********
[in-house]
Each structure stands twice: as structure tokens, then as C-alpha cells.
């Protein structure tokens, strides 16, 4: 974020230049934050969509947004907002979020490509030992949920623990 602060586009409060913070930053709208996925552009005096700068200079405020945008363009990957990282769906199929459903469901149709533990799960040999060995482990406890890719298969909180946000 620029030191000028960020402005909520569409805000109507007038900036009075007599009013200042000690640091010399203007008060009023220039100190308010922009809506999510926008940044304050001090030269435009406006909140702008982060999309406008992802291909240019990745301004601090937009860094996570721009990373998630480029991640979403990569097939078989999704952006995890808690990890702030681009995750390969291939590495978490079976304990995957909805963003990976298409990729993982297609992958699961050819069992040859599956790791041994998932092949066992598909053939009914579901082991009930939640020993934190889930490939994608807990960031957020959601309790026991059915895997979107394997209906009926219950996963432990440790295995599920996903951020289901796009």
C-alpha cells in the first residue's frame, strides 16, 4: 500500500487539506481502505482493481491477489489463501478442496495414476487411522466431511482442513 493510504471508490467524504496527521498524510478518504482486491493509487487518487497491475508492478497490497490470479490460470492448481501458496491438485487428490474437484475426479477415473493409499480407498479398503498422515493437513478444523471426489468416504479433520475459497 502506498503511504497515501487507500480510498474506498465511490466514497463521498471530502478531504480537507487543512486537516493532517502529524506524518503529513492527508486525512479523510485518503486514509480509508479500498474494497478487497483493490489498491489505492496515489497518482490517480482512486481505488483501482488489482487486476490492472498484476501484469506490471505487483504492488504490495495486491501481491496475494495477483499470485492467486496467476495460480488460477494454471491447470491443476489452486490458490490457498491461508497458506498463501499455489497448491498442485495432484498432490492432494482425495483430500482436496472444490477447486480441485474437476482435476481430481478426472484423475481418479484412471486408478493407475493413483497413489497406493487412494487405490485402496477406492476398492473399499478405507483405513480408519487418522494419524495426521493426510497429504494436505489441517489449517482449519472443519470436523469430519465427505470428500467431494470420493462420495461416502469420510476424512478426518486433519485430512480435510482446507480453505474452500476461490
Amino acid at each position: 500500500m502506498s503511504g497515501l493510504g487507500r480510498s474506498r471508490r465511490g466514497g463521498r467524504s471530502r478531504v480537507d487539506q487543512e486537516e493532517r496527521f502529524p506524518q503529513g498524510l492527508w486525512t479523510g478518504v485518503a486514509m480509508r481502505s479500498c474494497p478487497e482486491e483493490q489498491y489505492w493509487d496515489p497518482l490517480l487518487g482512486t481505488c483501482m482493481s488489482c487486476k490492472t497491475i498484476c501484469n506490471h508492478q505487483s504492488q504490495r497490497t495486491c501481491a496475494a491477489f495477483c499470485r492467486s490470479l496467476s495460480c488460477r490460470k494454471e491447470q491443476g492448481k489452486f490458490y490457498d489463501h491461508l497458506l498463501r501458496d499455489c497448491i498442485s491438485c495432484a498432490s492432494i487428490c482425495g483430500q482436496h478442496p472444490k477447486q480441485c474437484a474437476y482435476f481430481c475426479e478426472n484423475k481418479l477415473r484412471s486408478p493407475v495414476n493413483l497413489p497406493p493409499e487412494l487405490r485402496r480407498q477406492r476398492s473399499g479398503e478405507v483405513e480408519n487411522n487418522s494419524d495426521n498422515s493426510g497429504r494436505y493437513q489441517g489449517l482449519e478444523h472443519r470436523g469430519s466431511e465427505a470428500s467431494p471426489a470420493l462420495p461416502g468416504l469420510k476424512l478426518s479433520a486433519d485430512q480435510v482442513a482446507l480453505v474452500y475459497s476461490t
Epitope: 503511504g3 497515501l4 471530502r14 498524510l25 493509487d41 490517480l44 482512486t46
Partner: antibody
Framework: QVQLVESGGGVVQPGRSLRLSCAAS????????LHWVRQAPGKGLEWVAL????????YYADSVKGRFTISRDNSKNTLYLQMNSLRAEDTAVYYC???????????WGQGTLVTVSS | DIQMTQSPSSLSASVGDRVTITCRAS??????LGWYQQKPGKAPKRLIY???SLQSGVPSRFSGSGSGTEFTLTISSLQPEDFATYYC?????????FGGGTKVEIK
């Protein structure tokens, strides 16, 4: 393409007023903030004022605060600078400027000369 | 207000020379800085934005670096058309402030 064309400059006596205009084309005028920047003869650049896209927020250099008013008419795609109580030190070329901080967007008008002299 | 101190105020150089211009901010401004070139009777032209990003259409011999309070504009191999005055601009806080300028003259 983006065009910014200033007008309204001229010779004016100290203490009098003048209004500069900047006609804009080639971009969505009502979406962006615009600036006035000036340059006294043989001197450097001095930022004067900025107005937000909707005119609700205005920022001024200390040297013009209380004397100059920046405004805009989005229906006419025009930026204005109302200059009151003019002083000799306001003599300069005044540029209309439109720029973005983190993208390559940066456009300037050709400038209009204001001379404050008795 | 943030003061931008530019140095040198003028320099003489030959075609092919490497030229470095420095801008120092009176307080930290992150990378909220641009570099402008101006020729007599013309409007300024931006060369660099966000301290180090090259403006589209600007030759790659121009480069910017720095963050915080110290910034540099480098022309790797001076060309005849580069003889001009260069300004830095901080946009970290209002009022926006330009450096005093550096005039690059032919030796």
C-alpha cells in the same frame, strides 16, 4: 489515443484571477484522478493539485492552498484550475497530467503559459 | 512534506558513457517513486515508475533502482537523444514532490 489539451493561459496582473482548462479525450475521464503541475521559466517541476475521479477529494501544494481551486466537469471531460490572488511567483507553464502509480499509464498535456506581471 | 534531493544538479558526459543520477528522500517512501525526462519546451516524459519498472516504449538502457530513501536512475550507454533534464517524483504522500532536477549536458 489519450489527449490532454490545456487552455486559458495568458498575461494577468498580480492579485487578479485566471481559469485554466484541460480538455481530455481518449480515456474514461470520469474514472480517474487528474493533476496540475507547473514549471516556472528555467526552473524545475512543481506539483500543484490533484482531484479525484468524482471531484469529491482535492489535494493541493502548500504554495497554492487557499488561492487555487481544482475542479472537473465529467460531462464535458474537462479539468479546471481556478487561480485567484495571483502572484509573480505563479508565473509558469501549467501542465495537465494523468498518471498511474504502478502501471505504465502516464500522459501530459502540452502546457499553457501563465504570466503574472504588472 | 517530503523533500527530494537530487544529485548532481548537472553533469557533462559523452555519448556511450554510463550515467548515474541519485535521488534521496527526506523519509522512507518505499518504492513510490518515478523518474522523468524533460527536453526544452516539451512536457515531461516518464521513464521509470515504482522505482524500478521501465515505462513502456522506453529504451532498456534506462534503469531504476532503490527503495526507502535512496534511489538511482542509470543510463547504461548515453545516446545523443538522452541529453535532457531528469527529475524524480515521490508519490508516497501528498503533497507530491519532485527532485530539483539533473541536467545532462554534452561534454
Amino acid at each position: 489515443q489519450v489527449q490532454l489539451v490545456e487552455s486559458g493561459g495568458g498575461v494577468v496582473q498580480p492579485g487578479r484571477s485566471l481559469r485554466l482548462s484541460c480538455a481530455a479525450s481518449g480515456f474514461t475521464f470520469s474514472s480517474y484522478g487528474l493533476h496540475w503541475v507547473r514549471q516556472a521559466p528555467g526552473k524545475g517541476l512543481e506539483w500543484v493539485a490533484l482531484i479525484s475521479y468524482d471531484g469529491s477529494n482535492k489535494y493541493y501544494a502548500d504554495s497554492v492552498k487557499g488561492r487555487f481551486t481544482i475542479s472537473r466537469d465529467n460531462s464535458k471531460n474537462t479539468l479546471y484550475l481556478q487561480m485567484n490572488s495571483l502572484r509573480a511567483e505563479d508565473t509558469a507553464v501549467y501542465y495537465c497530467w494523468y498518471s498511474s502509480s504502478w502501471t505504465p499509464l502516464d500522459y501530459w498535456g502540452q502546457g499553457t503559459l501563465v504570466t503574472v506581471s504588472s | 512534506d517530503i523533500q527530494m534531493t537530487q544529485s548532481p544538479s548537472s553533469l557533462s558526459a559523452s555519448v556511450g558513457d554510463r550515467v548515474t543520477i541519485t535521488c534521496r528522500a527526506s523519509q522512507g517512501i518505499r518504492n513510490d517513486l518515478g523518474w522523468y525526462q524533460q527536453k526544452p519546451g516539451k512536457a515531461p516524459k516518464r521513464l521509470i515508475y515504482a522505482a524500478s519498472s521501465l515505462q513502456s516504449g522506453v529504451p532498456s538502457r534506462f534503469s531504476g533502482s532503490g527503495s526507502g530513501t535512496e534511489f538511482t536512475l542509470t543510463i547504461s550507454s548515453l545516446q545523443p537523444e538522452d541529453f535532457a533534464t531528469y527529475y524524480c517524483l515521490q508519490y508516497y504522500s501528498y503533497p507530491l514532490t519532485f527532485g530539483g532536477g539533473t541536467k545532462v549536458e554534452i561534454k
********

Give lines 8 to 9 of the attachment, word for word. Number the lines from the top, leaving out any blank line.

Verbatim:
Framework: QVQLVESGGGVVQPGRSLRLSCAAS????????LHWVRQAPGKGLEWVAL????????YYADSVKGRFTISRDNSKNTLYLQMNSLRAEDTAVYYC???????????WGQGTLVTVSS | DIQMTQSPSSLSASVGDRVTITCRAS??????LGWYQQKPGKAPKRLIY???SLQSGVPSRFSGSGSGTEFTLTISSLQPEDFATYYC?????????FGGGTKVEIK
């Protein structure tokens, strides 16, 4: 393409007023903030004022605060600078400027000369 | 207000020379800085934005670096058309402030 064309400059006596205009084309005028920047003869650049896209927020250099008013008419795609109580030190070329901080967007008008002299 | 101190105020150089211009901010401004070139009777032209990003259409011999309070504009191999005055601009806080300028003259 983006065009910014200033007008309204001229010779004016100290203490009098003048209004500069900047006609804009080639971009969505009502979406962006615009600036006035000036340059006294043989001197450097001095930022004067900025107005937000909707005119609700205005920022001024200390040297013009209380004397100059920046405004805009989005229906006419025009930026204005109302200059009151003019002083000799306001003599300069005044540029209309439109720029973005983190993208390559940066456009300037050709400038209009204001001379404050008795 | 943030003061931008530019140095040198003028320099003489030959075609092919490497030229470095420095801008120092009176307080930290992150990378909220641009570099402008101006020729007599013309409007300024931006060369660099966000301290180090090259403006589209600007030759790659121009480069910017720095963050915080110290910034540099480098022309790797001076060309005849580069003889001009260069300004830095901080946009970290209002009022926006330009450096005093550096005039690059032919030796």